Six days after the Republican Party of Virginia (RPV) decided to hold a nominating convention instead of a primary, gubernatorial candidate State Senator Amanda Chase (R-Chesterfield) finally declared that she would run in the convention, and not as an independent.
“My team and I have received thousands of communications across the Commonwealth this past week asking me to continue to run as the next Republican Governor of Virginia,” Chase said on Facebook on Friday.
Last Saturday, immediately after the RPV State Central Committee (SCC) had voted for a convention, Chase said, “It’s official. While I am a Republican; I will be seeking the nomination in a primary as an Independent.”
Chase’s statement, combined with anger over the GOP choosing a convention, led to a firestorm of harassment within the RPV over the past week. Had Chase run as an independent in the general election, she would likely have ruined the GOP’s hopes to occupy the Governor’s Mansion in 2021.
In response to criticism, Chase said on her Facebook page on Wednesday, “Members of GOP Establishment and Elite knew my stance for MONTHS. So they voted for secrecy instead of transparency. (No surprise there).”
As a result of her passionate base, Chase would have performed well in a primary — but she’s also expected to perform well in an unassembled convention. Chase’s attraction is more persona than policy — she’s known as a fighter who doesn’t give up.
The SCC is expected to hold an unassembled convention, where delegates drive to one of many locations across Virginia to drop off their ballots. It will also use ranked-choice voting, a system where delegates can choose multiple candidates for a seat and list them in order of preference. As candidates are eliminated, their ballots go to people ranked lower on the ballots. As a result, it’s important for candidates to not alienate another candidate’s base or they risk not picking up votes as other candidates are eliminated.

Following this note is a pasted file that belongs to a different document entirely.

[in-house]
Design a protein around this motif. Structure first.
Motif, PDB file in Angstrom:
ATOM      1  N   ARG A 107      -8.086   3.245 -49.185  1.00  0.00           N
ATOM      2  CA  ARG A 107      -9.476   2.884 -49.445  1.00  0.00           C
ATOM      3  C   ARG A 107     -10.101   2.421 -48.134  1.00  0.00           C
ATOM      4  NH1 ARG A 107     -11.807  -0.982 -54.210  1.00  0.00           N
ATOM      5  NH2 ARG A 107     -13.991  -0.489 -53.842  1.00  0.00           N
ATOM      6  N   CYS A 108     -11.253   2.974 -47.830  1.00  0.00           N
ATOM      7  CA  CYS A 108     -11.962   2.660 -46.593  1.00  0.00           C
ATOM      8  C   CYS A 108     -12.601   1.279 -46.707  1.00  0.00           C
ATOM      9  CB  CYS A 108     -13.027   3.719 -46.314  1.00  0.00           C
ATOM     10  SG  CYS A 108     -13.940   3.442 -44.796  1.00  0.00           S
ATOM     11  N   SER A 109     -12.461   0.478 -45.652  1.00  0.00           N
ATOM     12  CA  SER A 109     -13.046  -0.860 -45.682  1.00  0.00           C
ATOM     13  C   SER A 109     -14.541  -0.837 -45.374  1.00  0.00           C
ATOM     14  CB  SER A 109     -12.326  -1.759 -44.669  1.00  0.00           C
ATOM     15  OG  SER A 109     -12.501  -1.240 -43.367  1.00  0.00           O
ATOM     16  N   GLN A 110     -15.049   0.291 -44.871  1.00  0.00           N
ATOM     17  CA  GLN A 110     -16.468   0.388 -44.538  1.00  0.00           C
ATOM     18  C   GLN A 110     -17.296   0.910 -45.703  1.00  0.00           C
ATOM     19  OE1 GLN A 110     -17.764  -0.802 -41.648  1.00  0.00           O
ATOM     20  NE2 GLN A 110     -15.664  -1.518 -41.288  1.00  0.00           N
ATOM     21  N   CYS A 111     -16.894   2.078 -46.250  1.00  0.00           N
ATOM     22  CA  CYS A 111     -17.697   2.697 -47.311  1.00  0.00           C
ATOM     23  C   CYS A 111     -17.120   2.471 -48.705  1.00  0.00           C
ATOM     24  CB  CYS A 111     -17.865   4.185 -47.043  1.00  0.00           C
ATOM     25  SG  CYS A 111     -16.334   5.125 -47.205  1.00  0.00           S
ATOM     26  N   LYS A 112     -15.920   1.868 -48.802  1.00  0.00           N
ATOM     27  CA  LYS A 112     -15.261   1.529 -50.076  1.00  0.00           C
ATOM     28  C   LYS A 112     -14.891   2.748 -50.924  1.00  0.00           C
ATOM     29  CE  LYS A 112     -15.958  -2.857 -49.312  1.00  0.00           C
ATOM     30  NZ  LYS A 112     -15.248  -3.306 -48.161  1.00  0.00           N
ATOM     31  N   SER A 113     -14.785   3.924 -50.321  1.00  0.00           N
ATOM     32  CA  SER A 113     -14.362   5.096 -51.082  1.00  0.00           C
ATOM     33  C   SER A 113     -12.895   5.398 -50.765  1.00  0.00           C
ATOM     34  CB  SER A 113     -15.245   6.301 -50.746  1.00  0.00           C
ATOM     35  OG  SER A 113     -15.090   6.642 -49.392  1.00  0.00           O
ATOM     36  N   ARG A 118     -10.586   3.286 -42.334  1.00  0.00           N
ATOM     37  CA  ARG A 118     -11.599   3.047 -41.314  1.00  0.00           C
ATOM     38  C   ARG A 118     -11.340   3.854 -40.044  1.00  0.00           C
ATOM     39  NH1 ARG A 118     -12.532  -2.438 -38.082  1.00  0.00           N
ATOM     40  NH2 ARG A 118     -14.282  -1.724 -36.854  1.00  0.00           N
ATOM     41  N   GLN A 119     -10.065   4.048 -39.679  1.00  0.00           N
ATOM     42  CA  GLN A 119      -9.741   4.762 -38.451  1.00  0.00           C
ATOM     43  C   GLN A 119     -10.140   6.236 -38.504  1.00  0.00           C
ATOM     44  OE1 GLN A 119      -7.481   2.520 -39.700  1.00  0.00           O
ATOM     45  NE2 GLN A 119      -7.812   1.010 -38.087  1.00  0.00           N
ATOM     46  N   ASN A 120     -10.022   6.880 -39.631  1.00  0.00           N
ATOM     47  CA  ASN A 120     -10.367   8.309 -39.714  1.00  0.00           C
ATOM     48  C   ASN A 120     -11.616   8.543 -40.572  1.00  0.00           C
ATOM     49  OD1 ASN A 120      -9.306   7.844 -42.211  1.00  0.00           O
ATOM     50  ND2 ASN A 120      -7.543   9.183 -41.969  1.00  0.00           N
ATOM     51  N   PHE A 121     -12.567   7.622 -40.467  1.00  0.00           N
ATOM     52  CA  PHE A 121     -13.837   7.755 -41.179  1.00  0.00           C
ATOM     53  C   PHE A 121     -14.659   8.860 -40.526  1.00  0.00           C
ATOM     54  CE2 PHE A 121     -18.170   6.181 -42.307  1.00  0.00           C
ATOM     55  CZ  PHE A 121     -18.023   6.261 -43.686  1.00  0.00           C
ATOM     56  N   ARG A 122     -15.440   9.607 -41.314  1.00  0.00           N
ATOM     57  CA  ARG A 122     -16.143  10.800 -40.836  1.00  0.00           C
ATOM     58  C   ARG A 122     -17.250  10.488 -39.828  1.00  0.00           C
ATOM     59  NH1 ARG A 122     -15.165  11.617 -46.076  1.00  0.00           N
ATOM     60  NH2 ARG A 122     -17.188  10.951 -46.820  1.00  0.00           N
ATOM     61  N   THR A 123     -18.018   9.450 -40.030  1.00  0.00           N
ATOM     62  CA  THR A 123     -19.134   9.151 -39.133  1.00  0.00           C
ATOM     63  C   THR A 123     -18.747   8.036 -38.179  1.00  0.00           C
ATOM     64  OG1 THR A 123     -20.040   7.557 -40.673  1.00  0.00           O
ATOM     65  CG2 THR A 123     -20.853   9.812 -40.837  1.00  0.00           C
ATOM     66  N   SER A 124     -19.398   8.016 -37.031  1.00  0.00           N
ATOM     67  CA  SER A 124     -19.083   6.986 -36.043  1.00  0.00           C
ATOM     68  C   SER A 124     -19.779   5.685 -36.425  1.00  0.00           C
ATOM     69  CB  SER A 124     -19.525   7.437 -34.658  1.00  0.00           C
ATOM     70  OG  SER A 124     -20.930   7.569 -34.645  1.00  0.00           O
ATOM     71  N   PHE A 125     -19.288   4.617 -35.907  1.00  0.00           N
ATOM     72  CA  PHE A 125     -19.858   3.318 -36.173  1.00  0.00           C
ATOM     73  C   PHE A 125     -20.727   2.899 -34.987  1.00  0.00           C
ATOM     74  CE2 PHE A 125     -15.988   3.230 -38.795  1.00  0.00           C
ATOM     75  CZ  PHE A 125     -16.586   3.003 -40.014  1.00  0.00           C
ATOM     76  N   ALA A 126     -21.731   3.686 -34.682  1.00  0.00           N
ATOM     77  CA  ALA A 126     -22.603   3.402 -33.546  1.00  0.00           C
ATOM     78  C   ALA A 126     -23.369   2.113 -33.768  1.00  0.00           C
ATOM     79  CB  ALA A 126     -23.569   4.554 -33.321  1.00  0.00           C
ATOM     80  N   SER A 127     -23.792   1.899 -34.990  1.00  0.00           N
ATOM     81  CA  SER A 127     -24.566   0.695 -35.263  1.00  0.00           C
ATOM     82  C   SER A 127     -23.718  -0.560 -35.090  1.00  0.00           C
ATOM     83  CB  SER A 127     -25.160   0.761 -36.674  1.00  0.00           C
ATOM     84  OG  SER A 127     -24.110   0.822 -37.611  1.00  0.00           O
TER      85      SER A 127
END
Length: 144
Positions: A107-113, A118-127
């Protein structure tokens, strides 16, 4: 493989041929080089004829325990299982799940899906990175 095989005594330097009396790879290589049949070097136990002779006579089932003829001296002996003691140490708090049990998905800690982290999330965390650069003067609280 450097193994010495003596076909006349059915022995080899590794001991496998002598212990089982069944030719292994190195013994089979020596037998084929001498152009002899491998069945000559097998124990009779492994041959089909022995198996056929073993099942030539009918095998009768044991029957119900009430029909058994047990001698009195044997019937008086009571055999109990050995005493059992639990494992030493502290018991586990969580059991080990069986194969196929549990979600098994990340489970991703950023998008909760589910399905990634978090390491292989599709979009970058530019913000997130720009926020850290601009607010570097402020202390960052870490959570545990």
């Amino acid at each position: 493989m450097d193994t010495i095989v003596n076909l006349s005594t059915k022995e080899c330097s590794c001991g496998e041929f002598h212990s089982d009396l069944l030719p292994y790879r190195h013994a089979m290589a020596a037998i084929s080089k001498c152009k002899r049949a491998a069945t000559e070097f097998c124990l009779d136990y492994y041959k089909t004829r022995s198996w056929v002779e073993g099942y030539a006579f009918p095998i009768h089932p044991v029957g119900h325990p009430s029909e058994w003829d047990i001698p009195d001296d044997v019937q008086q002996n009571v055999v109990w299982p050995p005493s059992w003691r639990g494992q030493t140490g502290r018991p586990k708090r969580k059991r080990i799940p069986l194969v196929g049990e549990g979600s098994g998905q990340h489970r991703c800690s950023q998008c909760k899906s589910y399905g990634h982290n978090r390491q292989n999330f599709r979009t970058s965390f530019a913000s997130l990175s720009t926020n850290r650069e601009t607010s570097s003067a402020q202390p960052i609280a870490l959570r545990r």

Chase is well-known across the state, and has a passionate base that will turn out for a convention. To win the nomination, potential candidates Pete Snyder and Glenn Youngkin will have to find a way to paint Chase as unelectable in the general election. A potential method is indirect attacks through third-party independent expenditures, highlighting flaws in Chase as a candidate without angering her base.
Gubernatorial candidate Delegate Kirk Cox (R-Colonial Heights) is taking a more direct approach, and has already publicly attacked Chase. When Chase said she was running as an independent, Cox called her a demagogue and said in a statement, “Amanda Chase’s antics have long grown more than tiresome.”
However, Chase has a head-start on Cox. She has 134,250 followers on Facebook to Cox’s 10,776. In a Facebook video posted on Friday, Chase reiterated her concerns about conventions hurting democratic ideals. However, she said she has experience helping other candidates in a convention. By Saturday evening, her video had one thousand comments, showing high engagement from her followers.
“I know how to win for the people of Virginia,” Chase said. “I am not in this for myself. Trust me. I’m in this for you.”
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